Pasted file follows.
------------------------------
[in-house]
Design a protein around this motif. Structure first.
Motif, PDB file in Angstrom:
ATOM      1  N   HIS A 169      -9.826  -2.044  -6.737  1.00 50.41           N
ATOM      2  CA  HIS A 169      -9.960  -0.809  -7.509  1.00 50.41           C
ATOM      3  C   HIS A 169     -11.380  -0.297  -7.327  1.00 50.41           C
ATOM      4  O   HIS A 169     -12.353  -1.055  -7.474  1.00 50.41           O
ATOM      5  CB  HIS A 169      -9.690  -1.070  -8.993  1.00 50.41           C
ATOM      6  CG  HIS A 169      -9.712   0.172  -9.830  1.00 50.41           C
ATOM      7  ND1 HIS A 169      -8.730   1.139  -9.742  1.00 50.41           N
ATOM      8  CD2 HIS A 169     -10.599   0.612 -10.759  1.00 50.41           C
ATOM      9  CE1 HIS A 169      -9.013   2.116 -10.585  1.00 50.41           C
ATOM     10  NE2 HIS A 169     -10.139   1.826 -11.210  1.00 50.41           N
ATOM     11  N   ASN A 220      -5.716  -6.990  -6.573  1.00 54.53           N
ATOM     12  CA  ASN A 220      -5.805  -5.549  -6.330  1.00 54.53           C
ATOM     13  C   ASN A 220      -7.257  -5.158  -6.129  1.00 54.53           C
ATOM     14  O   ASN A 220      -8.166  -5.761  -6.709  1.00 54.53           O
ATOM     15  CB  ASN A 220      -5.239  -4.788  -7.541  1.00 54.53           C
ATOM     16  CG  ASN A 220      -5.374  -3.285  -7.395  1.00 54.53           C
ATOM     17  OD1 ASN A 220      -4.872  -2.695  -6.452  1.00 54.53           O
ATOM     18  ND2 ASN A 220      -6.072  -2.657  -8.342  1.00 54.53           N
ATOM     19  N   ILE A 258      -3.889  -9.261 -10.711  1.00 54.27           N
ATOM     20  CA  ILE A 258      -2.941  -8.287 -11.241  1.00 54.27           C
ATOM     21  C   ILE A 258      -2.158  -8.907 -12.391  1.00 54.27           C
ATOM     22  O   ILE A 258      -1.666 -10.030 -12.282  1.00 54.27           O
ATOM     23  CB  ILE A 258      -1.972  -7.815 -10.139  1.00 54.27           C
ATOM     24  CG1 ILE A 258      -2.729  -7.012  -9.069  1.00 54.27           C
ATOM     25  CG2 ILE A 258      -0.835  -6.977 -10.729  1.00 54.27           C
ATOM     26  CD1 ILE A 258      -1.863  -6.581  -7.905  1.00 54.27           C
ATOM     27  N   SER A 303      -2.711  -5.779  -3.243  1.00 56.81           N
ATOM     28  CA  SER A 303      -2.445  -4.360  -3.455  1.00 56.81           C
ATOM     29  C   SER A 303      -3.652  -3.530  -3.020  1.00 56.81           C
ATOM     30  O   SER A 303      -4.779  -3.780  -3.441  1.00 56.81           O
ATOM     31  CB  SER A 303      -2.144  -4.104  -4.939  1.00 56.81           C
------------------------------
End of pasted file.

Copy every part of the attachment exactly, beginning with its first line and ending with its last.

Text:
[in-house]
Design a protein around this motif. Structure first.
Motif, PDB file in Angstrom:
ATOM      1  N   HIS A 169      -9.826  -2.044  -6.737  1.00 50.41           N
ATOM      2  CA  HIS A 169      -9.960  -0.809  -7.509  1.00 50.41           C
ATOM      3  C   HIS A 169     -11.380  -0.297  -7.327  1.00 50.41           C
ATOM      4  O   HIS A 169     -12.353  -1.055  -7.474  1.00 50.41           O
ATOM      5  CB  HIS A 169      -9.690  -1.070  -8.993  1.00 50.41           C
ATOM      6  CG  HIS A 169      -9.712   0.172  -9.830  1.00 50.41           C
ATOM      7  ND1 HIS A 169      -8.730   1.139  -9.742  1.00 50.41           N
ATOM      8  CD2 HIS A 169     -10.599   0.612 -10.759  1.00 50.41           C
ATOM      9  CE1 HIS A 169      -9.013   2.116 -10.585  1.00 50.41           C
ATOM     10  NE2 HIS A 169     -10.139   1.826 -11.210  1.00 50.41           N
ATOM     11  N   ASN A 220      -5.716  -6.990  -6.573  1.00 54.53           N
ATOM     12  CA  ASN A 220      -5.805  -5.549  -6.330  1.00 54.53           C
ATOM     13  C   ASN A 220      -7.257  -5.158  -6.129  1.00 54.53           C
ATOM     14  O   ASN A 220      -8.166  -5.761  -6.709  1.00 54.53           O
ATOM     15  CB  ASN A 220      -5.239  -4.788  -7.541  1.00 54.53           C
ATOM     16  CG  ASN A 220      -5.374  -3.285  -7.395  1.00 54.53           C
ATOM     17  OD1 ASN A 220      -4.872  -2.695  -6.452  1.00 54.53           O
ATOM     18  ND2 ASN A 220      -6.072  -2.657  -8.342  1.00 54.53           N
ATOM     19  N   ILE A 258      -3.889  -9.261 -10.711  1.00 54.27           N
ATOM     20  CA  ILE A 258      -2.941  -8.287 -11.241  1.00 54.27           C
ATOM     21  C   ILE A 258      -2.158  -8.907 -12.391  1.00 54.27           C
ATOM     22  O   ILE A 258      -1.666 -10.030 -12.282  1.00 54.27           O
ATOM     23  CB  ILE A 258      -1.972  -7.815 -10.139  1.00 54.27           C
ATOM     24  CG1 ILE A 258      -2.729  -7.012  -9.069  1.00 54.27           C
ATOM     25  CG2 ILE A 258      -0.835  -6.977 -10.729  1.00 54.27           C
ATOM     26  CD1 ILE A 258      -1.863  -6.581  -7.905  1.00 54.27           C
ATOM     27  N   SER A 303      -2.711  -5.779  -3.243  1.00 56.81           N
ATOM     28  CA  SER A 303      -2.445  -4.360  -3.455  1.00 56.81           C
ATOM     29  C   SER A 303      -3.652  -3.530  -3.020  1.00 56.81           C
ATOM     30  O   SER A 303      -4.779  -3.780  -3.441  1.00 56.81           O
ATOM     31  CB  SER A 303      -2.144  -4.104  -4.939  1.00 56.81           C